So when people in this business direct comments to me like “you couldn’t train your way out of a paper bag.”
      I find that to be complimentary because really what they are saying is that I wasn’t willing to dope and kill racehorses to win, and laugh at the animal abuse I saw going on all around me.
      Then it also made me realize that you can’t be “caring” and “love” racehorses while in this business.
      If you do you will go broke because loving a racehorse and loving horse racing is NOT possible.
      The same goes for owners.
      They can talk all they want about getting rid of medication, but if they don’t do the same thing that the owners who sanction the ongoing medication abuse, then they will not be competitive.
      Aside from this mentality, is a living being paying the price every single day for this deplorable business.

  2. Exactly, Mary!
    Who else is going to speak up for them?
    One thing’s for sure – the trainers, the owners, the jockeys, the trackwork riders, the grooms, the stewards, the racing officials, the so-called vets and all the other participants (the bettors included) in horseracing most certainly don’t.

  3. If there was an all out publicity campaign, talking about and citing statistics of horse racing abuse and deaths, we might change things. Trouble is the newspapers are as corrupt as racing industry. They won’t print a negative word about racing. My heart aches for these horses. We see the foolish women in their floppy hats at the rail and I wonder at their unfeelingness, or is it just stupidity? Get a tv station on board— let them give the daily count of deaths on the 6 pm news. I know it’s easier said than done.

    • Bonnie, it is happening! In just a few short years thanks to Patrick and Horseracing Wrongs, what was once hidden — the racing deaths — is now out in the open. For those tracks or racing jurisdictions that hide their dead, Patrick uses Freedom of Information Act requests to get their death tolls although I know at least Michigan’s is incorrect because they DO NOT OFFICIALLY COUNT their dead. Have always refused to participate in any counting so we know that whatever figures we receive from the FOIA requests are LOW as I’m sure other tracks also ignore the death toll.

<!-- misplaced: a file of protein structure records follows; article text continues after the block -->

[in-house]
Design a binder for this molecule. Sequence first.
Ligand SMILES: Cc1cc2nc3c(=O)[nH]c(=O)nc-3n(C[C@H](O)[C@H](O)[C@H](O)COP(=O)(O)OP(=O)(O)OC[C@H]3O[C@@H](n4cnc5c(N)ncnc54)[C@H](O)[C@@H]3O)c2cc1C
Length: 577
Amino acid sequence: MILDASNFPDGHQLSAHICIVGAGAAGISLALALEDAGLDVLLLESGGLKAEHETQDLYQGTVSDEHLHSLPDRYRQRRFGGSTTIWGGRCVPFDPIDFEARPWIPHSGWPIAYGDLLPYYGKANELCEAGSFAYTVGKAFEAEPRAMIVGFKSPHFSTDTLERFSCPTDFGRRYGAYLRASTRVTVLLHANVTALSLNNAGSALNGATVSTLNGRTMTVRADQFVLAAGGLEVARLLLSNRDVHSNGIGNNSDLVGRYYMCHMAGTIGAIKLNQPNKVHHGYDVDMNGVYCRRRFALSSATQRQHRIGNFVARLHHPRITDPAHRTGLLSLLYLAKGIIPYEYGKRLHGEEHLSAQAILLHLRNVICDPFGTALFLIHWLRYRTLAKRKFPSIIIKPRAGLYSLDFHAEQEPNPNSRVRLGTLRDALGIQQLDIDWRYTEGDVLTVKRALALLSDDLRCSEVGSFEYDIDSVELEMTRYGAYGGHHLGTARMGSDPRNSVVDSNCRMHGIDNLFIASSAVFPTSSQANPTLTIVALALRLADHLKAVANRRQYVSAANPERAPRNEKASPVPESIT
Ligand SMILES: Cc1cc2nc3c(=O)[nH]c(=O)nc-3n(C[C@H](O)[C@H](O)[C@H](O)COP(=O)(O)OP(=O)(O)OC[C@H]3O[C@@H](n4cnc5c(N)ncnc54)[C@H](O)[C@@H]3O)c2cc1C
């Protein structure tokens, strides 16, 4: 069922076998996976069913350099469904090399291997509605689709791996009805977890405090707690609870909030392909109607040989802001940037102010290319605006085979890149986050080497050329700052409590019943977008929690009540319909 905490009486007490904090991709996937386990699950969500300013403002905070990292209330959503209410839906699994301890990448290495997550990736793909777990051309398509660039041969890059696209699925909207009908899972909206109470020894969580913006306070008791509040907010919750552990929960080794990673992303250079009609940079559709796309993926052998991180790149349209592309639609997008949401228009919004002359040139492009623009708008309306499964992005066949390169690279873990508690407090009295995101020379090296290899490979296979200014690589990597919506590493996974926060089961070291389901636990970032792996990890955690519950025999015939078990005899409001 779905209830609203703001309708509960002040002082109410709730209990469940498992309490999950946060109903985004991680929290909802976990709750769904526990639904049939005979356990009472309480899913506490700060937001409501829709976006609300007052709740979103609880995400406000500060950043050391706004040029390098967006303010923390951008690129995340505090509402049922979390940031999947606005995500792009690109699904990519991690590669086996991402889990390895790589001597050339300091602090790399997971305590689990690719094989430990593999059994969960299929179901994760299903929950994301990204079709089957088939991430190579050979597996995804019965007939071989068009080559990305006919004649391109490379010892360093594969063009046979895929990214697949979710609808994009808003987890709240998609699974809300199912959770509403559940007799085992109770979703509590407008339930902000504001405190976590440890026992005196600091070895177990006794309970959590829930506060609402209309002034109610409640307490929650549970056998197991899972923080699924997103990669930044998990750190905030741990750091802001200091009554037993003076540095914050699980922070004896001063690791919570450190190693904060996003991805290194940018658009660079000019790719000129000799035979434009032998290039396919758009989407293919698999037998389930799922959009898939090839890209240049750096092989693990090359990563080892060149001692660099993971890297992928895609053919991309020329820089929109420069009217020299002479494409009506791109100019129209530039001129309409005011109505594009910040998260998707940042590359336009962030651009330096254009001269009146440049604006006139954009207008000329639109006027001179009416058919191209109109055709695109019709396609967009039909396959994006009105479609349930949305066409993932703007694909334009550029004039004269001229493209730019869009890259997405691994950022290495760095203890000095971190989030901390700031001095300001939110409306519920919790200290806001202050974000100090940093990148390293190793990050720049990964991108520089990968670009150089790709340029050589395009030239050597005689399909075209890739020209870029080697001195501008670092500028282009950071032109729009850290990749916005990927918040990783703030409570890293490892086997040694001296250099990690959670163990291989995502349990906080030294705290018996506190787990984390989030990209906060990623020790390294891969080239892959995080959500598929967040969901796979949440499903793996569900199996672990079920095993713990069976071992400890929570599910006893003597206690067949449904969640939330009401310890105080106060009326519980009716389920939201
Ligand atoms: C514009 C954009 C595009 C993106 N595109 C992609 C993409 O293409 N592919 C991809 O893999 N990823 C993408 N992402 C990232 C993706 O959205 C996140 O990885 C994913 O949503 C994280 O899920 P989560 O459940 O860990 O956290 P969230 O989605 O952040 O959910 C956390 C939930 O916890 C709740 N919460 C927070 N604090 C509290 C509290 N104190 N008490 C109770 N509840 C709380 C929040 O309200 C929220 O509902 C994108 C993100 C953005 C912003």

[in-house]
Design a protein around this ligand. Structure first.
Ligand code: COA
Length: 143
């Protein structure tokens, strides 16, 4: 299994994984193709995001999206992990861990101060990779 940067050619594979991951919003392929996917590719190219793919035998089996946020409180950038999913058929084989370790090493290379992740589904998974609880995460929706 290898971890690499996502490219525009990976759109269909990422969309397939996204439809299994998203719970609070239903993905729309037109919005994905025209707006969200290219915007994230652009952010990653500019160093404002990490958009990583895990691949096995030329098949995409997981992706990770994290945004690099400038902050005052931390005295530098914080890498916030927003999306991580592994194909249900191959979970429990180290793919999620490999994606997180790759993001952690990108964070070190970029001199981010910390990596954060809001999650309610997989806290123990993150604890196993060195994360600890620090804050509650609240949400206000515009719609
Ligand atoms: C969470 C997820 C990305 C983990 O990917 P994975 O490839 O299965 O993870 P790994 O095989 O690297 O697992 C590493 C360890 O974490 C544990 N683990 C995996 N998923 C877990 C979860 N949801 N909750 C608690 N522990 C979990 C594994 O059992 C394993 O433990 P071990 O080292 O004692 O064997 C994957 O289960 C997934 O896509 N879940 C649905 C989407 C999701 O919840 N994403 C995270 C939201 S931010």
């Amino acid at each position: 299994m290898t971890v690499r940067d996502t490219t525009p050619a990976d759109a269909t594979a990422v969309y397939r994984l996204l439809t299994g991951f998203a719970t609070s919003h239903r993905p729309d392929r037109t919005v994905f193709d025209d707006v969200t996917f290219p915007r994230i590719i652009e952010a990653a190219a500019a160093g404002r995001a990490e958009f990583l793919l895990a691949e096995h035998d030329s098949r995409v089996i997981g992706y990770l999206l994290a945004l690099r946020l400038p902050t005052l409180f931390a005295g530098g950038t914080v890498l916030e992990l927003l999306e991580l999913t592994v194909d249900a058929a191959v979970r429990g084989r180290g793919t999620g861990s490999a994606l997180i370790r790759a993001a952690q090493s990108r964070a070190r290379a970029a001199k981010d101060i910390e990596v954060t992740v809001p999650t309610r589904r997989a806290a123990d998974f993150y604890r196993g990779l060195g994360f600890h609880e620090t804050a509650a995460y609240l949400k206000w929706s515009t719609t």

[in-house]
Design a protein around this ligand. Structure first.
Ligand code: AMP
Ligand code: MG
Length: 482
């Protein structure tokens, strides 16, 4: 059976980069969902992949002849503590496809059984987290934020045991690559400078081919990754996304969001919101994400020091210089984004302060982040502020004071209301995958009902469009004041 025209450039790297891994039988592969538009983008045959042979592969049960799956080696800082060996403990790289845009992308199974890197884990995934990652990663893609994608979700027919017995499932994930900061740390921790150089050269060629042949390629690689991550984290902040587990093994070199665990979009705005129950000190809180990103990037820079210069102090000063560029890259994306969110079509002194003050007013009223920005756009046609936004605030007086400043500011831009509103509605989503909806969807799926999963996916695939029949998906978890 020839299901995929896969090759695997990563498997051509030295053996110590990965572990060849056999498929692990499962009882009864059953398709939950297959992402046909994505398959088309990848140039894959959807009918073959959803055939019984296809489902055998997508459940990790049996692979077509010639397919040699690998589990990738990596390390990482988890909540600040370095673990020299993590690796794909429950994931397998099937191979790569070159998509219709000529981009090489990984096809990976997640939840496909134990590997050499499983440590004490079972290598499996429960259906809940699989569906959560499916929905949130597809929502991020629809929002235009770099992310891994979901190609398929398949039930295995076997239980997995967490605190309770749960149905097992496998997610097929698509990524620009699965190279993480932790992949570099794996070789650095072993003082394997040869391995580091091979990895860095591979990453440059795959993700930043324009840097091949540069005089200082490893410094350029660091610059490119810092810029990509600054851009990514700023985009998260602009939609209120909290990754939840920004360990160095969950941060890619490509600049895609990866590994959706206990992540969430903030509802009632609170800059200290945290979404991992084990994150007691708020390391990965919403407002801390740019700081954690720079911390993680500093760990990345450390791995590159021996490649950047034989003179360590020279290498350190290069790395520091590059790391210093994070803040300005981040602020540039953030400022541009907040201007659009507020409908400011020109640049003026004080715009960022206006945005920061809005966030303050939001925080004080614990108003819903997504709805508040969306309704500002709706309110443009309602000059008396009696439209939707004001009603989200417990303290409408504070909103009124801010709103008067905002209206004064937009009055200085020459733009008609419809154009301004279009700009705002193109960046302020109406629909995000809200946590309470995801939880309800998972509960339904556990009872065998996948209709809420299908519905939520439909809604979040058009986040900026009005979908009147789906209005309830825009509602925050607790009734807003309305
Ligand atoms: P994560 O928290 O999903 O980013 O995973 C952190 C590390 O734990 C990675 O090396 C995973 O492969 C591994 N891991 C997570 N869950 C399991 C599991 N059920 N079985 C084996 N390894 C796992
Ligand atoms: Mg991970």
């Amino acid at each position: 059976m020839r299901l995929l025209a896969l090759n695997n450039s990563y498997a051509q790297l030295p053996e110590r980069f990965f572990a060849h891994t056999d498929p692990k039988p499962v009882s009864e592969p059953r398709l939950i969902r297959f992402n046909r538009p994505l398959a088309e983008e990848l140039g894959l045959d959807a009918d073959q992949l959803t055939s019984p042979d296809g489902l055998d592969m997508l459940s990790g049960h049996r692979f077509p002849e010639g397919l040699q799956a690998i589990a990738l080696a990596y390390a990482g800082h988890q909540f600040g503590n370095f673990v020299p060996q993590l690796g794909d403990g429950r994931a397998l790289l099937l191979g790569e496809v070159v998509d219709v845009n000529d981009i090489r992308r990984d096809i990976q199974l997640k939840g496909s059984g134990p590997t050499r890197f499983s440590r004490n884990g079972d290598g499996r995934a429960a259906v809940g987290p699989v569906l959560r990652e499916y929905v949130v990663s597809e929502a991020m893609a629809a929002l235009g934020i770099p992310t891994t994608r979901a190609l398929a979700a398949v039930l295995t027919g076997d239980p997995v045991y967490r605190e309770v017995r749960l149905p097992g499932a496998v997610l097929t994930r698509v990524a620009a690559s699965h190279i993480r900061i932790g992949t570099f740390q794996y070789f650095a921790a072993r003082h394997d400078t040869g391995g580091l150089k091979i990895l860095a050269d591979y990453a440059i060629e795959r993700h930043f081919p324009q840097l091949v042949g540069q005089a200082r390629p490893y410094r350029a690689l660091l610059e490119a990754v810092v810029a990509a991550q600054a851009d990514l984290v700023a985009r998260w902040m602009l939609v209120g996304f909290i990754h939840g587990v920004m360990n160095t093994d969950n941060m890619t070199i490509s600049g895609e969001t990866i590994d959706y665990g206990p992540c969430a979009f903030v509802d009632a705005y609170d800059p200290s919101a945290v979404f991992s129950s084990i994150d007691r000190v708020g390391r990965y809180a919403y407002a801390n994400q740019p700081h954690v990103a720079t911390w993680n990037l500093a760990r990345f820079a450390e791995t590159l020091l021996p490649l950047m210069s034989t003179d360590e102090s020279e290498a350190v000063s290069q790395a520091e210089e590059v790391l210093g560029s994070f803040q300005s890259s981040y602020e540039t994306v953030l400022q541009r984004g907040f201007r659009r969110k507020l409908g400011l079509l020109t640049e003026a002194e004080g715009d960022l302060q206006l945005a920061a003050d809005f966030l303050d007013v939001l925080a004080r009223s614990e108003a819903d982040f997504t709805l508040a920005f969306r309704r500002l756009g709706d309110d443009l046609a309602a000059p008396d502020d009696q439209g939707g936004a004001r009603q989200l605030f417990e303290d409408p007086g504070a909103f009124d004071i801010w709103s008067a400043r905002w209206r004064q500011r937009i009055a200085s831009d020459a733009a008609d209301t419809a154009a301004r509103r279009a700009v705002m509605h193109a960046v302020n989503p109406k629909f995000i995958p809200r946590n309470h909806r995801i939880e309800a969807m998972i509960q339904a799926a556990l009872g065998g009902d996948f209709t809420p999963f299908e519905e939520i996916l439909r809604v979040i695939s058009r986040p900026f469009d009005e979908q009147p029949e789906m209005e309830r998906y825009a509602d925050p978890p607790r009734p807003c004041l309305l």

The deaths have received newspaper coverage and Patrick has even been interviewed on television. We have to keep informing others of what WE know as I will never believe that a civilized society will knowingly allow such carnage in order to gamble on horses. Thank you for trying and there’s thousands with you!

    • Actually, Bonnie, locally (Saratoga area) Horseracing Wrongs has garnered unprecedented coverage over the past two summers – all local stations, both major newspapers, several radio stations, etc. We have also been cited by Forbes, The Washington Post, The Baltimore Sun, The Buffalo News, the Boston Herald, and others. The momentum is all going one way. Horseracing Wrongs is becoming bigger by the day; with it, our message – our data – is getting disseminated.

  4. “Opening Day is Friday, July 21, 2017 – so get ready for another thrilling season of racing in Saratoga Springs!”. That is a DIRECT quote from their web site! THRILLING??? 15 horrendous deaths in a meet that is not over til September 4 is THRILLING?? The general public is starting to become informed and they do not think death is THRILLING.

  5. A fellow advocate found a piece with a video about SAYONARA ROSE – the 2 y/o filly took up “stall walking”, a vice, to relieve her extreme boredom and subsequent anxiety from being confined to a stall. I shared the video to my FB wall…take a look. And what you’ll see is mild compared to the vices these cooped-up horses develop in order to cope with such an unnatural existence.